Term/Time: Spring Term | In-Person | Tuesday, Thursday 2:00PM - 3:15PM 

Instructor:  Bianca Guerrero

Credits: 3 Credits (Undergraduate)

Description: While New York City failed to elect its first female Mayor in 2021, it did elect a majority-women City Council. Governor Cuomo resigned in disgrace, elevating his Lieutenant Governor Kathy Hochul to the state’s highest post. What difference, if any, has this representation made? The state repealed a “walking while trans” ban that advocates argued led to discrimination against the LGBTQ community. How did they win that battle?

This class will look at these questions and more to understand the roles of women, genderqueer, and LGBTQ+ New Yorkers in our political landscape. We will evaluate how housing, workers’ rights, public safety, and other issues affect these communities, and what advocates are currently fighting to change

 


 

WS 31012: LGBTQ History, Culture and Movements

Term/Time: Spring Term | Online | Monday, Wednesday 11:00AM - 12:15PM 

Instructor:  Jasmina Sinanović 

Credits: 3 Credits (Undergraduate)

Description: This course traces the history of LGBTQ people as well as struggles for recognition and acceptance both in the US and globally. With attention to how sexual identity intersects with race, class and gender, the course will examine how LGBTQ people can be placed within historical and political contexts. We will question how and why homosexuality became criminalized and the movements that led to decriminalization. We will spend a significant portion of time on the USA and Western Europe in the 19th and 20th century and the development of a contemporary LGBTQ movement. We will also look at how people of various gender identities and sexualities lived before and outside of European colonial context and explore how European colonization influenced changes in perception of people with gender variant identities as well as people outside of heteronormative sexual practices in their local communities.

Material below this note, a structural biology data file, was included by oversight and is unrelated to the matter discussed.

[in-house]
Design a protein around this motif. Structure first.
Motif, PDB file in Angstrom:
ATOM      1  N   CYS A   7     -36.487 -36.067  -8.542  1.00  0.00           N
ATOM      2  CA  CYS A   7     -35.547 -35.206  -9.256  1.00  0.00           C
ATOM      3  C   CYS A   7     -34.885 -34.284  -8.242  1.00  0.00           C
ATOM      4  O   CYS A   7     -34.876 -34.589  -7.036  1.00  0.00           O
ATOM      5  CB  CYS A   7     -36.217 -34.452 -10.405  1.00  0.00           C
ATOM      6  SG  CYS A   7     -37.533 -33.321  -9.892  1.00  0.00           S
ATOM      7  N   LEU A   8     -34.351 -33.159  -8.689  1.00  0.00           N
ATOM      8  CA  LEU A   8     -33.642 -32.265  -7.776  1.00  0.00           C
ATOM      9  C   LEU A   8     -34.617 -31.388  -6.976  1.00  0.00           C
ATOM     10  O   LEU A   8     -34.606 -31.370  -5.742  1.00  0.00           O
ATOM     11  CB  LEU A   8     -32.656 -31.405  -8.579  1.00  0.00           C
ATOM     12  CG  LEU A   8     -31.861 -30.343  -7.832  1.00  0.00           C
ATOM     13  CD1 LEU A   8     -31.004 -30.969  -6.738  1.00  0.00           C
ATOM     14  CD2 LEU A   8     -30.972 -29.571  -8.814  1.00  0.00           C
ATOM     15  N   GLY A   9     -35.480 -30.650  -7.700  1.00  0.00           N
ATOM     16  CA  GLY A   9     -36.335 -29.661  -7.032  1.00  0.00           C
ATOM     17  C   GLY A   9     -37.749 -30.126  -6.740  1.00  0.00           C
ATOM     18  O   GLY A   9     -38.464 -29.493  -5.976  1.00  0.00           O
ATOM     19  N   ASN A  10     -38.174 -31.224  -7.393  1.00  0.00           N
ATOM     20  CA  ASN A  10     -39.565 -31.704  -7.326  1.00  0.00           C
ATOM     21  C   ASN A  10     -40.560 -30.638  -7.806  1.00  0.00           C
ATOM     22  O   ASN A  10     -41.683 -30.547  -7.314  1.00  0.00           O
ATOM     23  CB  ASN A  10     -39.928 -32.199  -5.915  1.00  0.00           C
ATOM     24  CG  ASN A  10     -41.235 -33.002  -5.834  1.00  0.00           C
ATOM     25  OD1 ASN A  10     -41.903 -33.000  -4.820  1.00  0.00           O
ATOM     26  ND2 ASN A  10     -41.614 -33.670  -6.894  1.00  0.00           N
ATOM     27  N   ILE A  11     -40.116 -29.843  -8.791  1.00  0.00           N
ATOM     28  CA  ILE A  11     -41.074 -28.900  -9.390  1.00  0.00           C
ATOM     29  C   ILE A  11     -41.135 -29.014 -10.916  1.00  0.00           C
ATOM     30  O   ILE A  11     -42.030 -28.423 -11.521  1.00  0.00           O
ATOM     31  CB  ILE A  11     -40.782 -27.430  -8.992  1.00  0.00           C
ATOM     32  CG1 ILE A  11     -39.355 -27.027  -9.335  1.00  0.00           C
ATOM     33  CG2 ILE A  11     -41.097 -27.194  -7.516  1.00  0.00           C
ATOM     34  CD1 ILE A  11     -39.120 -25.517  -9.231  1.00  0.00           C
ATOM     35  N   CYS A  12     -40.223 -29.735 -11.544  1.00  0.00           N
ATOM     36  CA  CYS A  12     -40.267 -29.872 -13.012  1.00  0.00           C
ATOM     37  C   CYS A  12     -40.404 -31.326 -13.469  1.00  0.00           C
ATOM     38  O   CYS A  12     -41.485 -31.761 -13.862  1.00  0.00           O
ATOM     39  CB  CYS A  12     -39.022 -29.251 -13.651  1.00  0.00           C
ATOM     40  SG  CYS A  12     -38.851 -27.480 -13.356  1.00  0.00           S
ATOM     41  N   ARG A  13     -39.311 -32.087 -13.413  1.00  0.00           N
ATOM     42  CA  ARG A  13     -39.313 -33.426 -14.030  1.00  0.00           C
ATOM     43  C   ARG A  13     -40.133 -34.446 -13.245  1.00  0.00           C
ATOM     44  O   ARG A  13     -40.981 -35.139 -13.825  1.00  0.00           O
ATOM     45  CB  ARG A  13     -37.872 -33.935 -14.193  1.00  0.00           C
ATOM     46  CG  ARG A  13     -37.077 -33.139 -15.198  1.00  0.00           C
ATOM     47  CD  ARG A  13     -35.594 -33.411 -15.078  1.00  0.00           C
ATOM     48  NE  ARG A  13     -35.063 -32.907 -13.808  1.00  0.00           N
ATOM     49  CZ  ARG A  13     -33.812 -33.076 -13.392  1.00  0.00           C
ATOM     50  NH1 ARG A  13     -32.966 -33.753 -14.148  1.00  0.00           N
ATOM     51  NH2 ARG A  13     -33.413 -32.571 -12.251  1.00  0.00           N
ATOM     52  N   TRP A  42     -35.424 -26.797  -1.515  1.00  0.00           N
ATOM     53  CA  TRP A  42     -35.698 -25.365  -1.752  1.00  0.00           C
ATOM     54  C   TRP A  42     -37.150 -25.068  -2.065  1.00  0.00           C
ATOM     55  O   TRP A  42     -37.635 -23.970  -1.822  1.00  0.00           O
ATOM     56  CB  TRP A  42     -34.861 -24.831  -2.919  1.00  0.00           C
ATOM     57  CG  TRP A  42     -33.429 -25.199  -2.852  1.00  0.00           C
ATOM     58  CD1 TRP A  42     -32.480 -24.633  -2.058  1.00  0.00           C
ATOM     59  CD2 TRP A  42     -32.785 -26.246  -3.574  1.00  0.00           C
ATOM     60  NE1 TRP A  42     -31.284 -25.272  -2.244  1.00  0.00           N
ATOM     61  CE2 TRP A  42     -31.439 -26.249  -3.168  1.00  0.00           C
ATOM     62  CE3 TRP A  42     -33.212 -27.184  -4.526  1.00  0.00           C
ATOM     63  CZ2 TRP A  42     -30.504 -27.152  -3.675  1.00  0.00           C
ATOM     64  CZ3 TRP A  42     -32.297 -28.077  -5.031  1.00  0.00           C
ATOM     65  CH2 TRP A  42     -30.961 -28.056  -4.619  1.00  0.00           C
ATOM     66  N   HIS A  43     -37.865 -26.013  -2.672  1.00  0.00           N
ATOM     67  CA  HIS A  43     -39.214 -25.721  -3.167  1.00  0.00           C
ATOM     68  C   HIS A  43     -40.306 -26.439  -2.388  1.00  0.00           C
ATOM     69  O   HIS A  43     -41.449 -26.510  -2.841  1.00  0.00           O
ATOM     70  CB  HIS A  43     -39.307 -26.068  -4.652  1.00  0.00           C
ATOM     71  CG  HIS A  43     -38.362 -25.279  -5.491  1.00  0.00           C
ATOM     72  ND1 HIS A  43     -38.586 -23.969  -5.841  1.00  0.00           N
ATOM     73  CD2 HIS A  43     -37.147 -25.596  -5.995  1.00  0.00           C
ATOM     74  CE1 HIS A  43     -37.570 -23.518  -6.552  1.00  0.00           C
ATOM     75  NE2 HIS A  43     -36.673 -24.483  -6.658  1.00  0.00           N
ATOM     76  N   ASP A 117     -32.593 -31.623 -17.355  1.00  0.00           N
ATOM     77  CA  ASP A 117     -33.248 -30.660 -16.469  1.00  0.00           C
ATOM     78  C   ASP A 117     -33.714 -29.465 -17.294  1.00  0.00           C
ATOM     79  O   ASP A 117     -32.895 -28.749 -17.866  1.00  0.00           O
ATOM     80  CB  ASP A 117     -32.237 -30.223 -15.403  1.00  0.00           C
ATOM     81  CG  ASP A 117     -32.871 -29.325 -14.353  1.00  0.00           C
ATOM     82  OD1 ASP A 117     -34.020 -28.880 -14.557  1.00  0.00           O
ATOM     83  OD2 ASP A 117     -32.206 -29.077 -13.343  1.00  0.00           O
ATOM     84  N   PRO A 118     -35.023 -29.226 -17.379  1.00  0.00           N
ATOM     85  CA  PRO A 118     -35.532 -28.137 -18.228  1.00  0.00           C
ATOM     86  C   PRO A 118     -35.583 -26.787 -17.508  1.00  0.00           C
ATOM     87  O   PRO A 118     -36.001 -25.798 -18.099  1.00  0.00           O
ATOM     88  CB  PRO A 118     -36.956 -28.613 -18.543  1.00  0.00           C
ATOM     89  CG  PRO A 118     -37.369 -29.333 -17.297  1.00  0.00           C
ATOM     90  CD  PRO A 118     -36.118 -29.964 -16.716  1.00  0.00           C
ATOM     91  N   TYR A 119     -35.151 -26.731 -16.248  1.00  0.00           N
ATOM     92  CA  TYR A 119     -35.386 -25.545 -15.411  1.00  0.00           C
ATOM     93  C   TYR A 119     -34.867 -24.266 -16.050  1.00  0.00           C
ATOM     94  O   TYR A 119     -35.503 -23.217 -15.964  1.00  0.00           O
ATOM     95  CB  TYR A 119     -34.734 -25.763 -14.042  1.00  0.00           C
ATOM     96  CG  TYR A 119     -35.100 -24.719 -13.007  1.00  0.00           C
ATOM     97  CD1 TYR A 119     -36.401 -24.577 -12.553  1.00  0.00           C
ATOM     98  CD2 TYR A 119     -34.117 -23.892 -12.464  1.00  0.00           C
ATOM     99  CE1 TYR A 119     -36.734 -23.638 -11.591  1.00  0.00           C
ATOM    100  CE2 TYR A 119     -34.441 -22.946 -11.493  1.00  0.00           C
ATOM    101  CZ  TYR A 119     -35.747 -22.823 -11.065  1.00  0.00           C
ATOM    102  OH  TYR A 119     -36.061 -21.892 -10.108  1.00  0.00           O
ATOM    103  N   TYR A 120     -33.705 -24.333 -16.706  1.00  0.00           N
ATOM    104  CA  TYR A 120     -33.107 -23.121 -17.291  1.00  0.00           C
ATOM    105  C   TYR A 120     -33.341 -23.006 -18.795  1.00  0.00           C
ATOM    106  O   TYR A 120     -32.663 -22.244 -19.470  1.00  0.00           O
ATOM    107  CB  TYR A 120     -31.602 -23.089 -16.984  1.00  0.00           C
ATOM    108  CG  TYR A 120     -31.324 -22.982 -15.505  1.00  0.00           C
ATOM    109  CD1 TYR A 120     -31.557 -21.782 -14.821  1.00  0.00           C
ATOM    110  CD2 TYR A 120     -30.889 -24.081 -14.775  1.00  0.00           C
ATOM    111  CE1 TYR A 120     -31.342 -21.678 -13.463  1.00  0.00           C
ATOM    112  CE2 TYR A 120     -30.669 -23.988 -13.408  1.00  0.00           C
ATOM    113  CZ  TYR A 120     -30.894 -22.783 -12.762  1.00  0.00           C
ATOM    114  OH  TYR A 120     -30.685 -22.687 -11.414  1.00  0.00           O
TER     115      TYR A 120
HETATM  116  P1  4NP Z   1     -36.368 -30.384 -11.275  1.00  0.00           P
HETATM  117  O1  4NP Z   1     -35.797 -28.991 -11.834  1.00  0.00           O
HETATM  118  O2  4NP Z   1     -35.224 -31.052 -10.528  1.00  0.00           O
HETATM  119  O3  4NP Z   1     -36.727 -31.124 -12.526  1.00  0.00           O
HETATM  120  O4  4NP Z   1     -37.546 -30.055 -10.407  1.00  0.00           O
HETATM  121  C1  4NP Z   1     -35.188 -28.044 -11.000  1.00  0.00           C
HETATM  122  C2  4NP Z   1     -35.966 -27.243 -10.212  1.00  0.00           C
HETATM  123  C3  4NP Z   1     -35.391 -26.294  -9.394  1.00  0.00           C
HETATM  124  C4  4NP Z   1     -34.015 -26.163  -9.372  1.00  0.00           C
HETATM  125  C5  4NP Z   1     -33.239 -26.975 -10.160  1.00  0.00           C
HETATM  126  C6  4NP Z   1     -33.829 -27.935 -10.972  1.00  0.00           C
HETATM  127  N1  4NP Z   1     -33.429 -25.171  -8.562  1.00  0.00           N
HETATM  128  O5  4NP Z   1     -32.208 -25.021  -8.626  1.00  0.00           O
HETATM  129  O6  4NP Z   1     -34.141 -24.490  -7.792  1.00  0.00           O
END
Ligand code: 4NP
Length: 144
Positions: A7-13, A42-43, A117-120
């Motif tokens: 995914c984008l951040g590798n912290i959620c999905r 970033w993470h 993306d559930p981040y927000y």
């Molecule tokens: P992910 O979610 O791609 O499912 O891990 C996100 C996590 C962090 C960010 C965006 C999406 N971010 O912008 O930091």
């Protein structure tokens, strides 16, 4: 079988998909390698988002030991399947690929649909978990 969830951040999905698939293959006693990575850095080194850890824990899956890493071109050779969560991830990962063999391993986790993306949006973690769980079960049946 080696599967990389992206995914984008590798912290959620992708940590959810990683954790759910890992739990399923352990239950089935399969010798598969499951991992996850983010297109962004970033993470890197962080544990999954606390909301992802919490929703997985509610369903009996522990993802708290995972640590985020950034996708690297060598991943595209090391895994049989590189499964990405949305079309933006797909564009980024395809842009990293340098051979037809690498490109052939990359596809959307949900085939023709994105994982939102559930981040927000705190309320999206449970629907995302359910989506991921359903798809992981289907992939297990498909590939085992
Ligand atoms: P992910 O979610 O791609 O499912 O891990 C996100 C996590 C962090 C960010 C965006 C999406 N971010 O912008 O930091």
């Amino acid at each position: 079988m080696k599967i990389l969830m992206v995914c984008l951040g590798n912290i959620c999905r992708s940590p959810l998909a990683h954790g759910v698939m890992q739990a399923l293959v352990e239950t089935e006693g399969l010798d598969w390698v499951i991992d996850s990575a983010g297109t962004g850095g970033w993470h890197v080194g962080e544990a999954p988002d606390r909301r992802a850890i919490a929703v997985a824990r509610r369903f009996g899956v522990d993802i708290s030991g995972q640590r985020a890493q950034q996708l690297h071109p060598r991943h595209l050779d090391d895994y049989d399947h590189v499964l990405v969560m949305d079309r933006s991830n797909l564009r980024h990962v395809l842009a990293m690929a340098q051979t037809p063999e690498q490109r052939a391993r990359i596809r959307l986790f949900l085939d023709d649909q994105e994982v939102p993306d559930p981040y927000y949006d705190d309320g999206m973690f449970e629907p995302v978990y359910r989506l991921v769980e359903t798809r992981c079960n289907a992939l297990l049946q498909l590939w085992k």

NOTE: ZERO textbook cost

 


 

WS 31122: Blancas, Negras & Morenas: Gender and Race in Another America

[cross-listed with ANTH 23600]

Term/Time: Spring Term | In-Person | Monday, Wednesday 11:00AM - 12:15PM 

Instructor:  Iris Lopez

Credits: 3 Credits (Undergraduate)

Description: Description unavailable.

NOTE: ZERO textbook cost

 


 

WS 31123: Latinas’ Reproductive Rights

Term/Time: Spring Term | Online-Synchronous and Asynchronous | Tuesday, Thursday 9:30AM - 10:45AM 

Instructor: Iris Lopez

Credits: 3 Credits (Undergraduate)

Description: Description unavailable.

 


 

WS 31167: Coming of Age in the African Diaspora

Term/Time: Spring Term | Online-Synchronous | Monday, Wednesday 12:30PM - 1:45PM 

Instructor: Arielle Cribb